The Challenge of SCR Validation
One of the Value add-ons of this group is conversations like this which allow us to crowdsource experts for our patients and highlight what we don't know. In this particular instance, we are discussion a "promising" new technique, namely SCR, but we have different ideas about for whom it is best treatment. Moreover, the few articles written on this are very optimistic about their successes. One can't help but imagine there may be more than one kind of confounding variable of bias in such small cohort studies. I'll remind you that Bhandari made us all aware that fragility due to small N in retrospective cohort studies usually means the conclusions are probably not valid. Furthermore, if you look at Codman Shoulder Society website at my blog, Warner's Corner, I've posted the article by Ionides which is entitled "All Research is Wrong." He pointed out that 75% of all small retrospective cohort studies are ultimately proven incorrect by similar sized cohort studies. So what are we to do to understand if SCR is really "Worth it"?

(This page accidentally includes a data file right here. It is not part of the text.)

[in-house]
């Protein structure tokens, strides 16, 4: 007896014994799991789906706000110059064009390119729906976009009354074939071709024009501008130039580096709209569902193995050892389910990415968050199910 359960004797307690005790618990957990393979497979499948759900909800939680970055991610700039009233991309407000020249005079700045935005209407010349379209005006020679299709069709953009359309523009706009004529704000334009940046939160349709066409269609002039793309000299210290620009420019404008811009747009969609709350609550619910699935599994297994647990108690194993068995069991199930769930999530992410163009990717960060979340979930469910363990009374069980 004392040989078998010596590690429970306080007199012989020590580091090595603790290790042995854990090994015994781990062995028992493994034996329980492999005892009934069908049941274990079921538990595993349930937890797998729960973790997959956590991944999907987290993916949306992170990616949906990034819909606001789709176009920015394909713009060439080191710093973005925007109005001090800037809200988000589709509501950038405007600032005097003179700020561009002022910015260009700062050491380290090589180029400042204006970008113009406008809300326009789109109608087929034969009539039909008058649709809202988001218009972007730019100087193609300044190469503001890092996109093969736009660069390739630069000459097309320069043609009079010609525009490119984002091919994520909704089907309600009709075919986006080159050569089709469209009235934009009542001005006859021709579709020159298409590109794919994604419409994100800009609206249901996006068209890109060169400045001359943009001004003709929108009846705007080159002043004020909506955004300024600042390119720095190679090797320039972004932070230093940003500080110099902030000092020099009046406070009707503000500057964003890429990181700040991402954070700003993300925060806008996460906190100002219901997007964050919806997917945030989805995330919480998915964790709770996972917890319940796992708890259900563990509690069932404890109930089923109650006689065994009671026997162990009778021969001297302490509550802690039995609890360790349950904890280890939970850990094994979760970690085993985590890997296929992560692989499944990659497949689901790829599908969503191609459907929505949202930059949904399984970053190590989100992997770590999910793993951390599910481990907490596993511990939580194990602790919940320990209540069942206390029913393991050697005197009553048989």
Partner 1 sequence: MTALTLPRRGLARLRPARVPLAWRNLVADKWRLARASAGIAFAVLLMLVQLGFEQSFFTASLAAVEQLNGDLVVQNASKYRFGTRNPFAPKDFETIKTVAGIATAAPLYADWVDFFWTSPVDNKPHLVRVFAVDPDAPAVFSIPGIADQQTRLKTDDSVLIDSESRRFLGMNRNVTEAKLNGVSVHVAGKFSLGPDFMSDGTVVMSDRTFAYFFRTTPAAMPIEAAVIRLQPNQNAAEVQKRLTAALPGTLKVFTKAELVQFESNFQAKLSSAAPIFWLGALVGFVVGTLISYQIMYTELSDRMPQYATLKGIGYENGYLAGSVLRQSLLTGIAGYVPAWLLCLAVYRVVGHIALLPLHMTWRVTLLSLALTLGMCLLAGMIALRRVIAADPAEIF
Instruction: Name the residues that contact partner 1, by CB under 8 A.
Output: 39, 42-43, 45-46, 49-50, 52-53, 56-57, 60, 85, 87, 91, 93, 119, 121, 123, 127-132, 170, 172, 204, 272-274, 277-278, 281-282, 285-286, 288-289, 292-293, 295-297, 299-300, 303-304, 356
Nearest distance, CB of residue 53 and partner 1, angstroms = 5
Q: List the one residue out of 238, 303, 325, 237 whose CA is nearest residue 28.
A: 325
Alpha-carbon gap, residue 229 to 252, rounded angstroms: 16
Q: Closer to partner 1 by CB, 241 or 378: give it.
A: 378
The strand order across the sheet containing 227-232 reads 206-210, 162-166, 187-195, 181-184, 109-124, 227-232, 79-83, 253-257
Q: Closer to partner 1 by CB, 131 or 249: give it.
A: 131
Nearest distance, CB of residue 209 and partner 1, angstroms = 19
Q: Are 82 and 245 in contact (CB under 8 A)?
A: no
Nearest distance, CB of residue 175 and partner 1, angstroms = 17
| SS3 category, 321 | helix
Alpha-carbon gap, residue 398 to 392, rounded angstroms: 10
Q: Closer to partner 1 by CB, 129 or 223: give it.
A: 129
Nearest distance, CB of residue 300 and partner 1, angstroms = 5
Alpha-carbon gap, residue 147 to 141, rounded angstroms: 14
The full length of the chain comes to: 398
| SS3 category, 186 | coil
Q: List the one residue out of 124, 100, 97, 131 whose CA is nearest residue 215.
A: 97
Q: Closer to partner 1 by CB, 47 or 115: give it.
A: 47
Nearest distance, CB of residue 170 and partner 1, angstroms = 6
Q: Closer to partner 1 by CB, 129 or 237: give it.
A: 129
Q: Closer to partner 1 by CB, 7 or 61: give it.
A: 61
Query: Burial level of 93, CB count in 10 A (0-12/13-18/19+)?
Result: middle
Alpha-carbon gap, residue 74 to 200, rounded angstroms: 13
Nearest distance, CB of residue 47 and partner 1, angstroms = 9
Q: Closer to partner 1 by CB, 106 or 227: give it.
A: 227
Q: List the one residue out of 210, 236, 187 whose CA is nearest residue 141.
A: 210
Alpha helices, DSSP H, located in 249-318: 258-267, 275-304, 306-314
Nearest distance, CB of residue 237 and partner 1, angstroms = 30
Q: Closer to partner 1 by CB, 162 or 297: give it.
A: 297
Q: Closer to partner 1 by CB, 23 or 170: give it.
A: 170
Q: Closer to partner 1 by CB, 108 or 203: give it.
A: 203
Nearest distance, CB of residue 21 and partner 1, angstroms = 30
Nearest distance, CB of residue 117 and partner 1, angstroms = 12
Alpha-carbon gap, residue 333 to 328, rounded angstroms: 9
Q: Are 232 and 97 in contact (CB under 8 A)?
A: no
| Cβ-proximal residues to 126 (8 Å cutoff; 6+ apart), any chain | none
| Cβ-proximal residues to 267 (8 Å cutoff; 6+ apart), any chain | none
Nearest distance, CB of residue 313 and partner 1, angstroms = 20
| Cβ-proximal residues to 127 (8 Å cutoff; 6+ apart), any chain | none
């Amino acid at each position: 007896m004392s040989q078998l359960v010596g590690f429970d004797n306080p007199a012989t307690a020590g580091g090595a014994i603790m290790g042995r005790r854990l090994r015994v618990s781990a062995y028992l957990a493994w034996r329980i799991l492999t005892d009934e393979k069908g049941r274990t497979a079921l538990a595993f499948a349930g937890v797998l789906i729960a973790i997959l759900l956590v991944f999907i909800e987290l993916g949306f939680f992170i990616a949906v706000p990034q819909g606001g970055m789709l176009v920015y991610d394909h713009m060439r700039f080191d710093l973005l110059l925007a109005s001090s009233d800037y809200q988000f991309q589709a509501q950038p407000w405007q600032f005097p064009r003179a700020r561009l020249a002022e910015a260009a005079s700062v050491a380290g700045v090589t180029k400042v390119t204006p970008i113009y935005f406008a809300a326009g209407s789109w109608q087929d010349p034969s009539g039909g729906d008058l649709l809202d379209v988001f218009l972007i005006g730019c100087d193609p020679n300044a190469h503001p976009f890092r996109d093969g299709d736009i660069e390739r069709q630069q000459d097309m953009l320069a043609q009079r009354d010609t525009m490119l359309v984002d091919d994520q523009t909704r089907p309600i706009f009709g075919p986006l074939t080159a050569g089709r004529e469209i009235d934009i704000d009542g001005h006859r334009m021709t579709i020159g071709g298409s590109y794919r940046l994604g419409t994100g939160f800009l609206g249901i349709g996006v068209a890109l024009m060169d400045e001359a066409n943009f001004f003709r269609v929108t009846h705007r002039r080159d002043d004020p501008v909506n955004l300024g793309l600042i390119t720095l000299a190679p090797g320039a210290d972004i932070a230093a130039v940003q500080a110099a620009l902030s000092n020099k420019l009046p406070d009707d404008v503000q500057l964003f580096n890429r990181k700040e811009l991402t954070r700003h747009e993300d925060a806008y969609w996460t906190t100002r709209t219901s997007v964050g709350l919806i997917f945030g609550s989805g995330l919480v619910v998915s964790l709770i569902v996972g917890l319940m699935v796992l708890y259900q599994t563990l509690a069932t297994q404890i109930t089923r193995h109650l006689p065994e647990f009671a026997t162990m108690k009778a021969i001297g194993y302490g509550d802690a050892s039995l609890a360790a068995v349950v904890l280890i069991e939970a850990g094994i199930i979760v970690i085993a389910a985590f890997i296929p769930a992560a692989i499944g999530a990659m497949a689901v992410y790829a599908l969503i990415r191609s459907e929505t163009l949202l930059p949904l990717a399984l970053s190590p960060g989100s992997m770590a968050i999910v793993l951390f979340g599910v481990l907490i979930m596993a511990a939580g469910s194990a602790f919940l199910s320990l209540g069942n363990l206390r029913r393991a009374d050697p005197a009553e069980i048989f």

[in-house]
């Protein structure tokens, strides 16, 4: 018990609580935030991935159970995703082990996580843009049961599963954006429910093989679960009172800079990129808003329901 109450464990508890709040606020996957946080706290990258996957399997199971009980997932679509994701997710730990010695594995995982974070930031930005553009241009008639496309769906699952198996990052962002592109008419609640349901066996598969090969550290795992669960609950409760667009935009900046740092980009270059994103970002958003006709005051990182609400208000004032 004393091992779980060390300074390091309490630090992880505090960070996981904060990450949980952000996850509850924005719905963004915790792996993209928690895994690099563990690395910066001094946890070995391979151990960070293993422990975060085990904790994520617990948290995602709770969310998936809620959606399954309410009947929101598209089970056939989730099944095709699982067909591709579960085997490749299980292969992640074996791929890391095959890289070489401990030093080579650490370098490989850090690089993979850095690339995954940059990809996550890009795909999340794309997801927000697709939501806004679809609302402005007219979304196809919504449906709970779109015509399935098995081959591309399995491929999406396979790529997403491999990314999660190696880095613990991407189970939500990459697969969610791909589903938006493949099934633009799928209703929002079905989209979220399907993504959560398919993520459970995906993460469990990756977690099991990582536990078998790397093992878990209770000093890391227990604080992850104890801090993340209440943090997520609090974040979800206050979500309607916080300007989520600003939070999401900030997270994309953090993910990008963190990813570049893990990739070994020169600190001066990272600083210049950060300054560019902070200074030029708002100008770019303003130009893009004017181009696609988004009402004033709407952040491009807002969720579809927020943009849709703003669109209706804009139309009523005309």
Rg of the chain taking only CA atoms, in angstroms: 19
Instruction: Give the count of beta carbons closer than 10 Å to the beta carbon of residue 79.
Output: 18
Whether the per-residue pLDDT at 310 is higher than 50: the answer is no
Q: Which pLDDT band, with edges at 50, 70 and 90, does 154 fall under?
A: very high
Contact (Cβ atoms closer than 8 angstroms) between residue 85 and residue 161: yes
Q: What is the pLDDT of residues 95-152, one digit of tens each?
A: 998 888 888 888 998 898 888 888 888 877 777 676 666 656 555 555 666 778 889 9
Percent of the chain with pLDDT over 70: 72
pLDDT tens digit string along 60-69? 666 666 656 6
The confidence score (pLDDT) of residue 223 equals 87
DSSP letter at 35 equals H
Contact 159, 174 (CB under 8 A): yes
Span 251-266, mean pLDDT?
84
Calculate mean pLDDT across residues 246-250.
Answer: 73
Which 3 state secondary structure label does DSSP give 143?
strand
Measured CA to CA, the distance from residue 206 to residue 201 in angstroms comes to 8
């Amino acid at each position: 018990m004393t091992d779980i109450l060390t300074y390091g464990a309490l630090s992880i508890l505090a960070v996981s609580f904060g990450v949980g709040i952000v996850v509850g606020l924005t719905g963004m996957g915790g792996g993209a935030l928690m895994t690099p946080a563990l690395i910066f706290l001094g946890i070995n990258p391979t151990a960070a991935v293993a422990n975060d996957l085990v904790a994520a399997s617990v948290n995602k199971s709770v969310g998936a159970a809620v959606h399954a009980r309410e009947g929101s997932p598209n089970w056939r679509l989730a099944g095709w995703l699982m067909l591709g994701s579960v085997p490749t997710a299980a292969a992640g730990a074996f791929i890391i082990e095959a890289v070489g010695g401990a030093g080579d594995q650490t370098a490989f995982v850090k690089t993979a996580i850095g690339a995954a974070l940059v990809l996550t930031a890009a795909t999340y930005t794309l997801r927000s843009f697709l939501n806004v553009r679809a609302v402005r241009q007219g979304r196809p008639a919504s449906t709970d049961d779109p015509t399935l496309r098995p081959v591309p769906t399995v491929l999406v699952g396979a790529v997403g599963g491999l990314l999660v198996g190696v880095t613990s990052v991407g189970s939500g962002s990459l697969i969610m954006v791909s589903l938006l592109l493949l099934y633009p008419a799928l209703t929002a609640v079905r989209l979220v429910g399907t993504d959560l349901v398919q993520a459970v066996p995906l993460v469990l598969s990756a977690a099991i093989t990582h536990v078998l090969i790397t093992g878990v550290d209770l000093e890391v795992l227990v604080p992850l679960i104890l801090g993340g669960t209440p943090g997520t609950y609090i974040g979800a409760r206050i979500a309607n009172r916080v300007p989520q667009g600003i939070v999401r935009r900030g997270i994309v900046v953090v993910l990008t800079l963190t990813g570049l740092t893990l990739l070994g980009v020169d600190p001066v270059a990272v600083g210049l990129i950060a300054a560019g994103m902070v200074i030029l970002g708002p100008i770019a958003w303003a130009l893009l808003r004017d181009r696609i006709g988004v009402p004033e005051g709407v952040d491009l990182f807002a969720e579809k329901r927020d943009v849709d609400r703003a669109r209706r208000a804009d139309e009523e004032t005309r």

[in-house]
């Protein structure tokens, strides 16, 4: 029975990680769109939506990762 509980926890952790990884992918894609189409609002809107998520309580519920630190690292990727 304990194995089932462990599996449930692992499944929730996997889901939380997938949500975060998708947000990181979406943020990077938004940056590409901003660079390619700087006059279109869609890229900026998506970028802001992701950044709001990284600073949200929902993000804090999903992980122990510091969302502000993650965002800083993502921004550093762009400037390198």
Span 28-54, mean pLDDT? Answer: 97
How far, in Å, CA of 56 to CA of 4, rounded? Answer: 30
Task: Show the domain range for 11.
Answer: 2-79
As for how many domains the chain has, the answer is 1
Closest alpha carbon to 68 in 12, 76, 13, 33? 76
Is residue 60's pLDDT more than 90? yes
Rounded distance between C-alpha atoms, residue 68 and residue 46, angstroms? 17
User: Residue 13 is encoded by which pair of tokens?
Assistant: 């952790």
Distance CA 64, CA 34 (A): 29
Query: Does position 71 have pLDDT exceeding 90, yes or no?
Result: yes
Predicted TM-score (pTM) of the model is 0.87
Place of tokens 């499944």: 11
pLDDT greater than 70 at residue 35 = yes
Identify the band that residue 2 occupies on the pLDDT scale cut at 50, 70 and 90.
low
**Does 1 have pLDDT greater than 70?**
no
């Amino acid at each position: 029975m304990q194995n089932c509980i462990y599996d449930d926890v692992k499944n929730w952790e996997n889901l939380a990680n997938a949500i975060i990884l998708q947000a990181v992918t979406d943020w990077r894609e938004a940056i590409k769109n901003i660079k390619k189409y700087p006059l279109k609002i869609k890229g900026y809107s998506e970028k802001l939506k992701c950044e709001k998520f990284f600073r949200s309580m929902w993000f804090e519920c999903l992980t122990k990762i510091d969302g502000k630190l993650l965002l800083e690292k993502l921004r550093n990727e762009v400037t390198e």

The only answer is a large cohort study where we agree on indications and we measure together. Randomization, as is usually the case, is very difficult but might be considered with perhaps arthroscopic partial repair. In fact, we did this with the Orthospace IDE.
We have just finished a study reviewing our results and those of the SOS Global database analyzing outcomes of SCR vs Tendon transfer; and we have analyzed our "learning curve" at MGH for SCR as well.
I encourage all of you to think about this and challenge one of you to move to a multicenter Codman Study group on this.
Click Here to view the Codman Case Presentation concerning a discussion of the treatment options for a chronic supraspinatus tear, including the potential use of SCR.
JP Warner, MD